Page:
Burma Army Prosecutes Karenni Farmers for Cultivating Seized Land
‘It’s like the visitors are suing the owners,’ the chair of the Karenni State Farmers Union says.
By NETWORK MEDIA GROUP (NMG)
Friday, July 5, 2019
A total of 14 Karenni farmers are facing charges brought by the military, and two are currently in police detention, the Karenni State Farmers Union (KSFU) said.
Nine of the farmers are from Dawmukalar village in Loikaw Township and five are from Dawsoshay village in Demoso Township, according to local sources.
Most recently, locals went to their farmland, which was confiscated by the military, on July 2 to plant paddy seeds. While soldiers did not arrest them at that time, troops from Artillery Battalion 360 arrested them at home in the evening and seized a tractor.
“The soldiers transferred the farmers to the police station. Three farmers have been prosecuted. They have to face this case in court. Currently, they are released on bail,” KSFU chairperson Khu Tu Reh told NMG.
The two people in detention are Shar Reh, a farmer from Dawmukalar village and Koe Reh Soe Nyunt, a member of the Kayah State Peace and Rule of Law Committee.
Throughout June, Karenni farmers challenged the seizing of their farmland, attempting to plow it, calling for the army’s withdrawal from the land, and demanding it be returned to them.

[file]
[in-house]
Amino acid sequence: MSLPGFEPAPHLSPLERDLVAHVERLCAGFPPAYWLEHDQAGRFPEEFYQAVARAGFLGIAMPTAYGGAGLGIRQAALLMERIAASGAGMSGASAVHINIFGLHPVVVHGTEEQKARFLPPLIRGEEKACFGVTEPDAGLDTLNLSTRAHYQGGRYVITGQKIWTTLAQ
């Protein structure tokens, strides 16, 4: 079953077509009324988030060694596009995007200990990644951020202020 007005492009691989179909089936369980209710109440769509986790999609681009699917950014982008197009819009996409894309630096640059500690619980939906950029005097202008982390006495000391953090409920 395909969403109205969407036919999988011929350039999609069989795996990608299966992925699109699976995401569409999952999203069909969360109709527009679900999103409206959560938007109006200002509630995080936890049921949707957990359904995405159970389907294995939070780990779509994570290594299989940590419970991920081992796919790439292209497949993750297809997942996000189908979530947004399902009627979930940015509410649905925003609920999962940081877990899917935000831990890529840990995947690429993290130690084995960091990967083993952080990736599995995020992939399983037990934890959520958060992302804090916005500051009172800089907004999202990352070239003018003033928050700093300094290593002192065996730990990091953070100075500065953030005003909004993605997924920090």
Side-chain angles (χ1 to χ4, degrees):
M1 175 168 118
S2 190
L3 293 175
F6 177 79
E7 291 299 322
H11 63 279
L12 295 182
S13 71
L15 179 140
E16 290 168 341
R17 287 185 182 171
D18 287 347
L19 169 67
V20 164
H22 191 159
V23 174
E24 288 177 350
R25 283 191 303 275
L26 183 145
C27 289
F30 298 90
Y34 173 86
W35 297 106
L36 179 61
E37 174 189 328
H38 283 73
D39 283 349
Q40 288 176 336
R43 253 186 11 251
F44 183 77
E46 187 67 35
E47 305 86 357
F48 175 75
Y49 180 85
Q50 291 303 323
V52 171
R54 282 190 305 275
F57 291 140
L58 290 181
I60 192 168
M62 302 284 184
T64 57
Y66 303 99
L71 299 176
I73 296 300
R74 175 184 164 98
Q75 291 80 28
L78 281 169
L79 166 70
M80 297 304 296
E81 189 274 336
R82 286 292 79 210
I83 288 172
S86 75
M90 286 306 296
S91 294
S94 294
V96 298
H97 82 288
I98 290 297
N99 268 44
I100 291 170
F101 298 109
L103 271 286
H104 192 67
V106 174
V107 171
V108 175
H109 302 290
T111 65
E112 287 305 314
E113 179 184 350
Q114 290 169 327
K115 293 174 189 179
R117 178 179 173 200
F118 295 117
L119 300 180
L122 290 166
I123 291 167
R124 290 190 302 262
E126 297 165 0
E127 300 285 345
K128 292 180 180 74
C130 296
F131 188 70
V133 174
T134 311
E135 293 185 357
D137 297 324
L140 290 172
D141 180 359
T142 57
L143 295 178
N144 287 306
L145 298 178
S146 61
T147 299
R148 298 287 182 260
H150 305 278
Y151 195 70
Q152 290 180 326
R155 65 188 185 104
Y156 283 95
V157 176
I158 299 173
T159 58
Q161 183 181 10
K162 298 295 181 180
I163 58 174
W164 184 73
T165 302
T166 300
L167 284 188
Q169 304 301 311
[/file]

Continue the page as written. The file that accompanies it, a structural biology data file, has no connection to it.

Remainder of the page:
Farmers and soldiers had a confrontation on the confiscated farmland after farmers erected a sign stating “this farmland has owners.” Soldiers responded with their own sign, which declared it as army land. The farmers removed concrete pillars that the military had set up to fence in the land.
“The army said that it’s their land. Local people tried to plant on the confiscated farmland. Then army tried to sue farmers. It’s like the visitors are suing the owners,” Khu Tu Reh said.
The lawsuits are being brought against Dawsoshay farmers by Artillery Battalion 360, and against Dawmukalar farmers by Artillery Battalion 360 and Light Infantry Battalion 250, he added. The charges include destroying private and public property, trespassing, and assaulting government staff.
Farmer Par Sakwarleh lost his land to the army. He told NMG that he would not give up trying to get it back.
“I will try to get back my farmland until I die. I cannot live without working on my land,” he said. “If they want to shoot me, I am ready to die. If they want to sue me, I am ready to face it. If they want to kill me, they can do it.”
The military has reportedly tried to sue 40 farmers in total from Dawsoshay in the month of June for attempting to plant seeds on confiscated land.
“We strongly condemn on what army has done so far to farmers. They are violating farmers’ rights. We will continue to work for farmers’ rights,” KSFU chair Khu Tu Reh told NMG.
KSFU maintains that there are multiple land confiscation cases in Loikaw, Demoso and Hpruso townships in Karenni state involving the military.